The family of a 17-year-old Des Moines student who was shot to death by King County sheriff’s detectives during a misguided sting operation in 2017 will settle a civil-rights lawsuit for $2.25 million, an apology and a promise by Sheriff Mitzi Johanknecht to pursue a new policy — to be named after the boy, Mi’Chance Dunlap-Gittens — that would require her deputies to use body and dash cameras.
The settlement, negotiated last week during a federal court mediation and announced Monday, also includes a provision that Johanknecht will sit down with Dunlap-Gittens’ parents and go over the office’s upcoming response to a blistering report on the shooting issued by the county’s Office of Law Enforcement Oversight in February, said Tiffany Cartwright, the Seattle civil-rights lawyer representing Alexis Dunlap, the boy’s mother.
In a brief joint statement announcing the settlement — which did not include the dollar amount — King County stated that it “extends its condolences to the Dunlap-Gittens family and apologizes for the loss of life.”
The boy’s father, Frank Gittens, said the non-monetary provisions of the settlement, including the push toward dash and body cameras, is a “major victory and I think Chance will be smiling down on us.”
“I don’t want any other family to go through what we went through,” he said. His attorney, James Bible, said that a “lot of work remains to ensure this agreement is lived up to.”
Any efforts to implement dash or body cameras into the King County Sheriff’s Office — one of the largest agencies in the state that doesn’t require video recordings of its officers’ actions — would require approval by the King County Police Officer’s Guild, which has opposed such reforms in the past.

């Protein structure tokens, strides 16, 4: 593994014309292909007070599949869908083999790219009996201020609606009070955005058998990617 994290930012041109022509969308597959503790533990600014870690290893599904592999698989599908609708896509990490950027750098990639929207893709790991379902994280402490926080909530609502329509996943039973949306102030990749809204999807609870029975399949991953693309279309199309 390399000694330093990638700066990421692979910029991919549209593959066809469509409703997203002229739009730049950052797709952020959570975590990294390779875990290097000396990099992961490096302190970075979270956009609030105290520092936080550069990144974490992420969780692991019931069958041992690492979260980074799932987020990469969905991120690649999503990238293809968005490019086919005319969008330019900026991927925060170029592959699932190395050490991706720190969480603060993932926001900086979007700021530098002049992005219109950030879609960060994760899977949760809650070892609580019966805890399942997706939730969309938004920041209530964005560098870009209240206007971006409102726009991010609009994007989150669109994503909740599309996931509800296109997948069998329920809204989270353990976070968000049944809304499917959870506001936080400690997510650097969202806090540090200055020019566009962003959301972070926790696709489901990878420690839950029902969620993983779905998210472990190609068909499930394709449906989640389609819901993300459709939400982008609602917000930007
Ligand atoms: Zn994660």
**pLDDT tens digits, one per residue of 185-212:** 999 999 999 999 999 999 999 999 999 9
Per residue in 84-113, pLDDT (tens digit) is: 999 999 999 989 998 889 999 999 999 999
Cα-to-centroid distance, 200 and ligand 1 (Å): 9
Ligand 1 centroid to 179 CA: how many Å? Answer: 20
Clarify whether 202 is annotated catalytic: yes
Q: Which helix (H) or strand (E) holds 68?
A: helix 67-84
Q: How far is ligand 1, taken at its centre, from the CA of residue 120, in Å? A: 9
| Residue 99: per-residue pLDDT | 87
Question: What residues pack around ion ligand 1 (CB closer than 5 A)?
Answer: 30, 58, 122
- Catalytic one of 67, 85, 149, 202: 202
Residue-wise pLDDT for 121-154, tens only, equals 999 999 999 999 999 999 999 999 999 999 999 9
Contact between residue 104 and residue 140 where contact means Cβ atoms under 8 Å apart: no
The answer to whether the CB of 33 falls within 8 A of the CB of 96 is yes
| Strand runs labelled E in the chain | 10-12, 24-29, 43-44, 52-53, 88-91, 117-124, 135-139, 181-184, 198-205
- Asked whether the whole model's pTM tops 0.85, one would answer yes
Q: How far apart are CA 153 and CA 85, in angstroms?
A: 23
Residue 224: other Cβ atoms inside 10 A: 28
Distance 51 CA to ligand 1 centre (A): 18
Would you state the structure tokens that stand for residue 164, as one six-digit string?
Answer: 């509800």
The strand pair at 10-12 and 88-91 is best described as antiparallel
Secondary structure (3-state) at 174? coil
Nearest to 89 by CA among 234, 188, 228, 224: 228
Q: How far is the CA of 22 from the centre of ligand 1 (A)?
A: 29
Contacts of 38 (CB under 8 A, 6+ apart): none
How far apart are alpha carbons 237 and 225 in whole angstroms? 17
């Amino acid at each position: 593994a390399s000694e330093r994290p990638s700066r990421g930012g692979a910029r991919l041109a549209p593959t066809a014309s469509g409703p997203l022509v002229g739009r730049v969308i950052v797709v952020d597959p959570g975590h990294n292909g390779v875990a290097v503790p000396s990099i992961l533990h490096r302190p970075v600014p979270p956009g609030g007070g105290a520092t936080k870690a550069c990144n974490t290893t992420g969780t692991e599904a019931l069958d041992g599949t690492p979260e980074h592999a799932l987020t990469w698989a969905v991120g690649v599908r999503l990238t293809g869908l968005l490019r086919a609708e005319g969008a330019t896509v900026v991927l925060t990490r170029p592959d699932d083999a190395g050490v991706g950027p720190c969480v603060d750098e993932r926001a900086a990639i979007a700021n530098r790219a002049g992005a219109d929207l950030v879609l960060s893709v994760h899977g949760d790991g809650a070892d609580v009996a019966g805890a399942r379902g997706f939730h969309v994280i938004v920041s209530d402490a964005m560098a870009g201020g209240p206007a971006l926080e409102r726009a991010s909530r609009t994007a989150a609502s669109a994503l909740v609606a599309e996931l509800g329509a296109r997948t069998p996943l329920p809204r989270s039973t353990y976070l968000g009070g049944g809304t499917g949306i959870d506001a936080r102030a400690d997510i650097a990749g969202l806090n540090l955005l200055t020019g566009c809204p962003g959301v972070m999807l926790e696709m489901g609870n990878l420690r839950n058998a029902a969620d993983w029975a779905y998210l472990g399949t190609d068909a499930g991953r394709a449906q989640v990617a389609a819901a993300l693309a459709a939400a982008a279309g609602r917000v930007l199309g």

“Both parties are committed to moving forward in a way that will focus on opportunities for improvement in police practices that will protect the safety of citizens and officers alike,” said the joint statement by the county and the family. “In particular, the Sheriff and the Dunlap-Gittens family have agreed to explore a partnership in advocating for the adoption of body-worn and dash-mounted cameras by KCSO officers.
“King County extends its condolences to the Dunlap-Gittens family and apologizes for the loss of life,” the statement said.
Dunlap-Gittens, a high school senior who wanted to be a lawyer, was killed as he tried to flee from three plainclothes detectives who sprang from the back of an unmarked van on a darkened Des Moines street the night of Jan. 27, 2017. Dunlap-Gittens and a 16-year-old companion, DaJohntae Richard, had been deceived by sheriff’s detectives into believing the van contained a teenage prostitute and her pimp who wanted to buy several bottles of illicit alcohol Richard had been trying to sell on social media. Dunlap-Gittens, Richard later testified, had agreed to help him carry the bottles.